“Five stars all the way for Elizabeth Zareh! As you will find out, Elizabeth is the model professional attorney.
First off, I loved her communication style. She listened incredibly well and was very patient with my concerns and questions and quickly grasped my situation/case. Her kind and warm nature helped ease my stress through one of the more difficult times in my life. She always responded promptly to emails and phone messages; even when she was out of the office she sent an email letting me know my message was received and she would follow up soon.
Next, Elizabeth always treated me like I was her most important client. This kind of respect in treatment meant the world to me and I always knew I had her support. She always shared her ideas and always made sure I was comfortable with the approach we were taking in the case.
Third, she was very aggressive in getting what was just and right for me. During negotiations (against a large corporation) Elizabeth always made sure I understood the conditions, asked for my feedback, and made sure I was comfortable with the terms before moving forward. When I had concerns with certain conditions, she came up with the perfect solution that met my needs and also satisfied the corporation's demands. She has a fabulous analytical mind! In the end her strategy, fearless negotiations, and unparalleled expertise paid huge dividends and I was able to regain my career and live my life the way I wanted to.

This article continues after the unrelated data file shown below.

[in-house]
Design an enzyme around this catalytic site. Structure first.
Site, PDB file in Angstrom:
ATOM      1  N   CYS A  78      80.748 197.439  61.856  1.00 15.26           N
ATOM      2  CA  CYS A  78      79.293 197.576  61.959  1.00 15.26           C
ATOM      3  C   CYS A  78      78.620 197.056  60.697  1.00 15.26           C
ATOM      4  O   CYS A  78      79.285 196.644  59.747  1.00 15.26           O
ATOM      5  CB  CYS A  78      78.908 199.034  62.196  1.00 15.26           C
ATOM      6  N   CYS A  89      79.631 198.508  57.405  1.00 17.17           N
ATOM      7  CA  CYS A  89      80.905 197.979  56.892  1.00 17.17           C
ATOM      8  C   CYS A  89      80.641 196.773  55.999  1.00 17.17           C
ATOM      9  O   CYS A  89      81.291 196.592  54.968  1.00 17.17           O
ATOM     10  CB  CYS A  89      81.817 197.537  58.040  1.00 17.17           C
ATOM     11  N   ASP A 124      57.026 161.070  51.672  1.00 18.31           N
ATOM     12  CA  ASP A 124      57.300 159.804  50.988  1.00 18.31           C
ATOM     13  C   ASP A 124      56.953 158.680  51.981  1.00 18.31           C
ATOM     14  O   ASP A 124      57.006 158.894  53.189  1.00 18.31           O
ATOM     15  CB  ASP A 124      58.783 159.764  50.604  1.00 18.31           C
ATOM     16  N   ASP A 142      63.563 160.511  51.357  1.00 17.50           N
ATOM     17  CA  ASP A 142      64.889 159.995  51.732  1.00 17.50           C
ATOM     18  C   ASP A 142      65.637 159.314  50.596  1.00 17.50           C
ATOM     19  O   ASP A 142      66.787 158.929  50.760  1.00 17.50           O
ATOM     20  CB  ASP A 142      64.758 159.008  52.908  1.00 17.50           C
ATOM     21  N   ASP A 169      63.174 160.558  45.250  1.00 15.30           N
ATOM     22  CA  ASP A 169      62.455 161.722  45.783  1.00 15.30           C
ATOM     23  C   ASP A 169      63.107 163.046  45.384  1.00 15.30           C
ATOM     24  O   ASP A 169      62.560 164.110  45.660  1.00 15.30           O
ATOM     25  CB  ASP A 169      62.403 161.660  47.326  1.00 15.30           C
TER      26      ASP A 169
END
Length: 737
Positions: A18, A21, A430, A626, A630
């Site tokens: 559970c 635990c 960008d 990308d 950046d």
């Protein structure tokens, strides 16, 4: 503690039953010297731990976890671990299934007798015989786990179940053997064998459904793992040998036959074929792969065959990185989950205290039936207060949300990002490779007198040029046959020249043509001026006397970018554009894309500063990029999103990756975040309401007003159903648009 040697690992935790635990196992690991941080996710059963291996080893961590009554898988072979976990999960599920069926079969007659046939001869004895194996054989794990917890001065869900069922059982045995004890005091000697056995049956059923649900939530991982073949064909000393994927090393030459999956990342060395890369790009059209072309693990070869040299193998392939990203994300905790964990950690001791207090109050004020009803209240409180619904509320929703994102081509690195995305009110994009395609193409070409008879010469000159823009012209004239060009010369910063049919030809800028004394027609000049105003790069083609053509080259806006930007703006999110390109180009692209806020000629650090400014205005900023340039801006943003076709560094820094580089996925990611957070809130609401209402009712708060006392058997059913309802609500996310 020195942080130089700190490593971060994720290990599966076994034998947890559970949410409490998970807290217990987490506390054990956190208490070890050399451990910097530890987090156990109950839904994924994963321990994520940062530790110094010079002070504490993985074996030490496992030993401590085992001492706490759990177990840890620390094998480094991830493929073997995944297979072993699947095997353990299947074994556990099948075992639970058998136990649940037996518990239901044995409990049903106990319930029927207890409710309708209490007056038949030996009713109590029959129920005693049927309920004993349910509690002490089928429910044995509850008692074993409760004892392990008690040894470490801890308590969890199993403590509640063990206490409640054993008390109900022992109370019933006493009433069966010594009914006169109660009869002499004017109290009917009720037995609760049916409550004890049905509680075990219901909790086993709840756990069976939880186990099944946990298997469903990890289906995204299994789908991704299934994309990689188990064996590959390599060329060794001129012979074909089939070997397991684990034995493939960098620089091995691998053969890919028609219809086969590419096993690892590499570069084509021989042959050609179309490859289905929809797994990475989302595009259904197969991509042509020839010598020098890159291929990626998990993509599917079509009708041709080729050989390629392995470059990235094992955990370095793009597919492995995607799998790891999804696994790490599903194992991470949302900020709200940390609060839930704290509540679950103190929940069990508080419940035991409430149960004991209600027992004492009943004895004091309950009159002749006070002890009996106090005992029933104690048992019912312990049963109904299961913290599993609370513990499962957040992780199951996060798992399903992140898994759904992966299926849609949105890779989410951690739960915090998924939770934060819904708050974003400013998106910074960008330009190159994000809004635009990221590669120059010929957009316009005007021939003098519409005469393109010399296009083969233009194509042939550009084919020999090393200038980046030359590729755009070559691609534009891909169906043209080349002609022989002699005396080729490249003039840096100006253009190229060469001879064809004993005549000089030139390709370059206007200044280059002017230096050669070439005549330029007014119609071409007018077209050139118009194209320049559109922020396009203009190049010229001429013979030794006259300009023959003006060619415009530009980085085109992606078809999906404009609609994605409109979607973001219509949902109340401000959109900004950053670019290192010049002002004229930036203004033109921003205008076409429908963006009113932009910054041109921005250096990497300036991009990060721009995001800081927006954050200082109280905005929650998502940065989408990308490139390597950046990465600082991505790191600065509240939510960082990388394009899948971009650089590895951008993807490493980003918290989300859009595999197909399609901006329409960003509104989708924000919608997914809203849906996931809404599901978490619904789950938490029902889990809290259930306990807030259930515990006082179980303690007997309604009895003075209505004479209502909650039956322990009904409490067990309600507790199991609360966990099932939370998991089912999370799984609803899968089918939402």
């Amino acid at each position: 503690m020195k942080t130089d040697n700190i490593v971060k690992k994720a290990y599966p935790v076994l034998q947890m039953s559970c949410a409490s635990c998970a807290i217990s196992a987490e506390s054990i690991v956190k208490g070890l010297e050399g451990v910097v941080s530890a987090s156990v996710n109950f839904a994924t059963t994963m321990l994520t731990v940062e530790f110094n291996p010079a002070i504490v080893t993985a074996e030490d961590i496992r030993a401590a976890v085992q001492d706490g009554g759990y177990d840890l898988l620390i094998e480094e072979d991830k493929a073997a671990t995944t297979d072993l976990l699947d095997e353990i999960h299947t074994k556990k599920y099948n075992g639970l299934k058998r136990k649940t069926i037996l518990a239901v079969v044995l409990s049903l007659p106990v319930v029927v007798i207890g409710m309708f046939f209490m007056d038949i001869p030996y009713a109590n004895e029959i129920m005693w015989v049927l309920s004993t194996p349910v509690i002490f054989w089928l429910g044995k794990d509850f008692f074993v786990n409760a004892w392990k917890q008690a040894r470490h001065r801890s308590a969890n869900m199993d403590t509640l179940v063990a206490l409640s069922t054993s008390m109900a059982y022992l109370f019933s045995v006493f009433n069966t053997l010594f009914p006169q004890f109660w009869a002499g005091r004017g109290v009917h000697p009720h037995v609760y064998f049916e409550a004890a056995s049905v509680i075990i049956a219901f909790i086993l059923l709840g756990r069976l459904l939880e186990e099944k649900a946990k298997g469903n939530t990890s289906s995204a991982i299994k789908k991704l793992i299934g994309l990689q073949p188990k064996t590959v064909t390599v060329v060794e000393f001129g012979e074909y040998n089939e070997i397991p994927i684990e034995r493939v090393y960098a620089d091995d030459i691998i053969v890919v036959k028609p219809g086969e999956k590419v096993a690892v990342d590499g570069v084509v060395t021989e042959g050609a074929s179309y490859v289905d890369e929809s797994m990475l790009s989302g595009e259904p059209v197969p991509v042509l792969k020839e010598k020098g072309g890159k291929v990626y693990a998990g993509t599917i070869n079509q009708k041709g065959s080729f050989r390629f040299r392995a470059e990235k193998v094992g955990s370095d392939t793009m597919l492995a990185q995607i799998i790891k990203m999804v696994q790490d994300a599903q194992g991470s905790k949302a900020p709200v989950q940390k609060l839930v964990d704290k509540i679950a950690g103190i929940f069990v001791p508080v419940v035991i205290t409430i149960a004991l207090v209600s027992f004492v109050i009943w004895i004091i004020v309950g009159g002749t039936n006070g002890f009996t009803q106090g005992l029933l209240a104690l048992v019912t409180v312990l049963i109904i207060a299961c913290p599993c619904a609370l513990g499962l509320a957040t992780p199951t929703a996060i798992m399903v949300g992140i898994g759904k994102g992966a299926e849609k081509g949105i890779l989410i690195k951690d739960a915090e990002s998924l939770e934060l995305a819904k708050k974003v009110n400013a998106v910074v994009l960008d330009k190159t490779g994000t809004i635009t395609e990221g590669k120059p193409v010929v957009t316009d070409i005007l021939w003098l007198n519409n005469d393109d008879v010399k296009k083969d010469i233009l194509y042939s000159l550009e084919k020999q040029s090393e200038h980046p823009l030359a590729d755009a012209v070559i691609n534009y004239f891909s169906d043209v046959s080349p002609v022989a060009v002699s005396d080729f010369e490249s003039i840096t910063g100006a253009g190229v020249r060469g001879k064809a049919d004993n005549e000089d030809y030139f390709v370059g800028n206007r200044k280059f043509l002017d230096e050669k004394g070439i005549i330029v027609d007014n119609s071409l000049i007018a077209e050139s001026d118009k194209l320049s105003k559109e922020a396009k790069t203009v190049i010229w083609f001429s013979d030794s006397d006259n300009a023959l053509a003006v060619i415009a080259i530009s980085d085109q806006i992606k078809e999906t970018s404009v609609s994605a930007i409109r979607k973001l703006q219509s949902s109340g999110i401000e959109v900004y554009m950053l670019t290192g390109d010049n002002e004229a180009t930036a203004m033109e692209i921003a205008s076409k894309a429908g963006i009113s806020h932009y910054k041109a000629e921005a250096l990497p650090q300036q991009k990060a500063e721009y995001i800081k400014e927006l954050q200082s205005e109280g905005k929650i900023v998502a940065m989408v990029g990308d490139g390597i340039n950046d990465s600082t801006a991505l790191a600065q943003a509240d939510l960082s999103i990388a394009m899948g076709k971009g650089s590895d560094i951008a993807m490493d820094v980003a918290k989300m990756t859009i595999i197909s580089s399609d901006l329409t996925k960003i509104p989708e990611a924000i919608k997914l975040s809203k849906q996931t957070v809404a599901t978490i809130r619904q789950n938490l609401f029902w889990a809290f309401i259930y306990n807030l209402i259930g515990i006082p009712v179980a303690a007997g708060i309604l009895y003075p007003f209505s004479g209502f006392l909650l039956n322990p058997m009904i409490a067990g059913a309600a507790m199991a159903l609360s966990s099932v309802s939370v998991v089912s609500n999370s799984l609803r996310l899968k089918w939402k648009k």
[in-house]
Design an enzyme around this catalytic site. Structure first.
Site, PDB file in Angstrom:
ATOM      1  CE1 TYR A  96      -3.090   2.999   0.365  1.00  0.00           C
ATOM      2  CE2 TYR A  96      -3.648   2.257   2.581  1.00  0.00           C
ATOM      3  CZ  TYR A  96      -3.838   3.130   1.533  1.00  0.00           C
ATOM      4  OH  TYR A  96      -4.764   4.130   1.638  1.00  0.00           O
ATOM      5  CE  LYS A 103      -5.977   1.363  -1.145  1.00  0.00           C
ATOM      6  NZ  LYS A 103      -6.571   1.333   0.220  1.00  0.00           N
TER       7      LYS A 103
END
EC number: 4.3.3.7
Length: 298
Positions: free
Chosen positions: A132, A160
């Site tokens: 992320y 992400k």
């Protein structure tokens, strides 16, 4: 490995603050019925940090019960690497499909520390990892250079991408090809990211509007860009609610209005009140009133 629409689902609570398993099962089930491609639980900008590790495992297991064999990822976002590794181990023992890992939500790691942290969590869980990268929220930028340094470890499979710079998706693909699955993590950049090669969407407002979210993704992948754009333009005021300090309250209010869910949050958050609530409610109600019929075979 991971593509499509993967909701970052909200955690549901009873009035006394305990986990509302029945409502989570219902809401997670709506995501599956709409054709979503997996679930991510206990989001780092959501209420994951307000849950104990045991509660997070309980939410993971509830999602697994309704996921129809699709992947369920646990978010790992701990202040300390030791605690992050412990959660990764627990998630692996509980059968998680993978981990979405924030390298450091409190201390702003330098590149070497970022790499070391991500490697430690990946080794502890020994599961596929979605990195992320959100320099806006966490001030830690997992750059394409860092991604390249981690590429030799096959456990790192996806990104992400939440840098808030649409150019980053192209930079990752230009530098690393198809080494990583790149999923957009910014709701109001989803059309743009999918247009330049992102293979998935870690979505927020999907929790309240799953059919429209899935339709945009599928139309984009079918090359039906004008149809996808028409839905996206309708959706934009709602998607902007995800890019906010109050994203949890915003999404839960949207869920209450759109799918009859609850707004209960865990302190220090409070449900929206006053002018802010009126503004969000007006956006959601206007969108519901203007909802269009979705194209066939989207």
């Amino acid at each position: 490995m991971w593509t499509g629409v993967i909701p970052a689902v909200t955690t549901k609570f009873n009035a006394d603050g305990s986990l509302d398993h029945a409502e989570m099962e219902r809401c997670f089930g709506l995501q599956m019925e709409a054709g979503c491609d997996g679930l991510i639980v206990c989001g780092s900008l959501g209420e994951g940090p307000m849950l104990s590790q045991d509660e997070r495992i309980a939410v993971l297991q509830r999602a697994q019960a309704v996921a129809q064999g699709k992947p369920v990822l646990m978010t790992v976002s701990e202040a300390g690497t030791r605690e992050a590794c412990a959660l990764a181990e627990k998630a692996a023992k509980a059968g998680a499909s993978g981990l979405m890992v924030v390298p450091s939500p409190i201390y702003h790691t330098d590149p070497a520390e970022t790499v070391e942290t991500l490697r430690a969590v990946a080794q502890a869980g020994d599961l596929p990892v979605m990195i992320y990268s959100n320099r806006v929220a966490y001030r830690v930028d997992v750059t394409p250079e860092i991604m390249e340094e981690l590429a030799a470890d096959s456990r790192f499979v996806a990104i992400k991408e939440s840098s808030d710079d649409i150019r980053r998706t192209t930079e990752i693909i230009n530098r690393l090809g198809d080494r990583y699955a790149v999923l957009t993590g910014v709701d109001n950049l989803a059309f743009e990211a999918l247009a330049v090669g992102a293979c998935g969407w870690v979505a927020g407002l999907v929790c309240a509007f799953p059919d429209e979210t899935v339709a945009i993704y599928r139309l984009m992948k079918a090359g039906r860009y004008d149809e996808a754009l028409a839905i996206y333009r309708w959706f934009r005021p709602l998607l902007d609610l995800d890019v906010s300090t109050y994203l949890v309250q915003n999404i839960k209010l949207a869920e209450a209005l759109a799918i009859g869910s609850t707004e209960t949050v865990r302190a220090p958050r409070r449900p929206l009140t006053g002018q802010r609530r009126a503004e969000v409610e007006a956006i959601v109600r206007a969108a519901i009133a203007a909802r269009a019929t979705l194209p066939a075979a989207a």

Finally, she is a wonderful person with a warm personality and a heart of gold. Plus I thoroughly enjoyed talking with her about current events -- real estate, investments, the economy.
All-in-all, I am truly blessed to have met Elizabeth and to have her represent me during a very, very difficult time. I would highly recommend her to anyone needing an attorney. I wish all attorneys were like Elizabeth-- she is one in a million!"
Sexual Harassment At Workplace
Employers are prohibited from discriminating against employees on the basis of gender, sexual orientation, age, disability, race, national origin, religion, and other protected characteristics. Discrimination in the workplace can take many forms, such as disparate treatment, harassment, hostile work environment, retaliation, the need for maternity leave, time off for other medical reasons, or time off for family leave.
Minimum Wage: California minimum wage law as of 2020 requires employees to be paid a minimum of $13 per hour for employers with 26 or more employees, and $12 per hour for employers with fewer than 26 employees. The minimum wage in California is set to increase yearly and will reach $15 for all employees by 2023.
Unpaid Overtime: Under California law, employers are required to pay overtime to non-exempt employees who work more than eight hours in a day or 40 hours in a week. The rate of pay for overtime work is 1.5 times the employee’s regular hourly rate. The employer must also pay the overtime rate for the first eight hours worked on the seventh consecutive day of work in a workweek and double the employee’s wages for all hours of work after the eighth hour. If an employee works more than 12 hours in a day, the employer must pay double the employee’s wages for all hours worked in excess of 12 hours.